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Temperature measurements started with the developments of thermoscopes and thermometers. They were based on the fact that liquids in general expanded significantly on change in temperature (especially mercury). The initial mercury thermometers were calibrated against common physical phenomenon and divided linearly (for example, the Celcius scale).

But now we know that materials do not expand linearly with temperature. How was this knowledge incorporated to get a material independent temperature scale, because if we continued using a linear scale we would face problems at high temperatures?

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  • $\begingroup$ We use other phenomenas than thermal dillatation of liquids, for example effects in semiconductors where we know preciselly how some parameter is dependent on temperature. $\endgroup$ – Martin Vesely Apr 28 at 22:32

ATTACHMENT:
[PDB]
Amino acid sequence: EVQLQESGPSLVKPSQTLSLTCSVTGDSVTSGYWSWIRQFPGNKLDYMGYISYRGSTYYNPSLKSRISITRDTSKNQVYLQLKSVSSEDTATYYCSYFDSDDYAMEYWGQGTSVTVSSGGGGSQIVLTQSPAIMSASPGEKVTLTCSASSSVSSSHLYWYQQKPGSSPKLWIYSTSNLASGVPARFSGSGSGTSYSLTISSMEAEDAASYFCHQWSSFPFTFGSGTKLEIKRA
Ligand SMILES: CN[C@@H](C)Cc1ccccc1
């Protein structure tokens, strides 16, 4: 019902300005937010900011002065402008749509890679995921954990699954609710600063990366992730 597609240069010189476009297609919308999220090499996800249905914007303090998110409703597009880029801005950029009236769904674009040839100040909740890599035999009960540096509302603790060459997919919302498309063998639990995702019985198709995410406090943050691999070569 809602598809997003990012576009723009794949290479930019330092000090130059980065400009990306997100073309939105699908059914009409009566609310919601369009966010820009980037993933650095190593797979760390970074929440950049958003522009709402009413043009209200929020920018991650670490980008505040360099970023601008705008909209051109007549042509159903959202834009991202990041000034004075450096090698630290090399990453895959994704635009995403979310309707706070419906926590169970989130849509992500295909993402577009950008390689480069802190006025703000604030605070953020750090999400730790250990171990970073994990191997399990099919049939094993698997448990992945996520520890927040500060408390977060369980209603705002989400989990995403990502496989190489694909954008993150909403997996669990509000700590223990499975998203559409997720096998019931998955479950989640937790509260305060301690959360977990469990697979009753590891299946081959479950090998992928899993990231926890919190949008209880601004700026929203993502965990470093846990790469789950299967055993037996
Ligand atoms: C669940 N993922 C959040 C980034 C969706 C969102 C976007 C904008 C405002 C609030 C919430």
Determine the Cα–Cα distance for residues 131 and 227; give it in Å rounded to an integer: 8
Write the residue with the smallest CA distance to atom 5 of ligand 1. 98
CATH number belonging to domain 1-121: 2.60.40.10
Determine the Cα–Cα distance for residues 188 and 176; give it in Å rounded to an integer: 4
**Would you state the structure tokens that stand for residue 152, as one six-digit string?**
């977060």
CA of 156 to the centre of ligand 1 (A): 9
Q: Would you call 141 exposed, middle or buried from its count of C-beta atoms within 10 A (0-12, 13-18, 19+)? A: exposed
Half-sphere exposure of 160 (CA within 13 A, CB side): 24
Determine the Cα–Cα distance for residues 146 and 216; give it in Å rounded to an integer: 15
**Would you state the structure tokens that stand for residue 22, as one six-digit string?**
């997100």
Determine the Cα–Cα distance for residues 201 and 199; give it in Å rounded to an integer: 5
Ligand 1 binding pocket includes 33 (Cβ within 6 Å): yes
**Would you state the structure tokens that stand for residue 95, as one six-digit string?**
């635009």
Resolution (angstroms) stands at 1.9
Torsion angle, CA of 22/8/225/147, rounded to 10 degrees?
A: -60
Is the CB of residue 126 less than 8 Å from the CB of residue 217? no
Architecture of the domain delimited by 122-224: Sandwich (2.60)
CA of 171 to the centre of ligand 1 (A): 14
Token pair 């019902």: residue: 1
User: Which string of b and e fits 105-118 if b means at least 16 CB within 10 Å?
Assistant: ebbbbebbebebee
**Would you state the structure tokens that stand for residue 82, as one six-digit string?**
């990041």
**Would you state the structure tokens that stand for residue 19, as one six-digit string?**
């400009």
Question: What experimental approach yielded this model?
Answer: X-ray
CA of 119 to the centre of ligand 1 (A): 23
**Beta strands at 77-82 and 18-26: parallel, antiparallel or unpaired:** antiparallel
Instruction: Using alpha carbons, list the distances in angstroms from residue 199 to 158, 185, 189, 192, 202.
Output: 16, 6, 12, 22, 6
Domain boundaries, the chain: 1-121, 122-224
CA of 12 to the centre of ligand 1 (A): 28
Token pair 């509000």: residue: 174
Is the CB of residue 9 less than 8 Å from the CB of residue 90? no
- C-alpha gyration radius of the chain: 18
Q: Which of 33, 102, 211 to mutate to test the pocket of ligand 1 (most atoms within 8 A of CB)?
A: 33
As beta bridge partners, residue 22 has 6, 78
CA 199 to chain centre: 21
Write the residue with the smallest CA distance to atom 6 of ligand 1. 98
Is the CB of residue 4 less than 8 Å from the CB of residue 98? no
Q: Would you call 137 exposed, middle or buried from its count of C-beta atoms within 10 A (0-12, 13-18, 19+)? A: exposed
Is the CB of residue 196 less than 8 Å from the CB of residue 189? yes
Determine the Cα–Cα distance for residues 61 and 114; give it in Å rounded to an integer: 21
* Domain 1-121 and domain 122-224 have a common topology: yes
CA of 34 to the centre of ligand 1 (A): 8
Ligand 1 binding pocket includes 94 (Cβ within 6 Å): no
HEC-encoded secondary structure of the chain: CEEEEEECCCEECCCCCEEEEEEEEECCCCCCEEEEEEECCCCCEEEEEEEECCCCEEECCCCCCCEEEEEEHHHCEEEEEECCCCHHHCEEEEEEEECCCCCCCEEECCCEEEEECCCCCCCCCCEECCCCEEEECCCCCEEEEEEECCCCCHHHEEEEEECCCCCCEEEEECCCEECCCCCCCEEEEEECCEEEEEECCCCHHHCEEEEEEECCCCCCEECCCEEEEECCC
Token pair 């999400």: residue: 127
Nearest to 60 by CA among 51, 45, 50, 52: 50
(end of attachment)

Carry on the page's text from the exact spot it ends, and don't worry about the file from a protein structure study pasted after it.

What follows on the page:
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Fundamentally, as the field of Statistical Mechanics (aka Thermodynamics) developed, it became possible to define temperature based on fundamental units and constants. As you probably know, temperature in general is defined as something proportional to the logarithm of the number of available energy states in the system. To keep people's brains from exploding, the numeric values were 'adjusted' so that, e.g., zero Celsius could stay where it was originally defined (freezing point at standard pressure).

So, short answer is that the rigorous mathematical definitions of temperature are based on quantum energy levels as well as phonons, etc., and the final numerical values were chosen to align with the then-current (but slightly inaccurate) values for various phase transitions.

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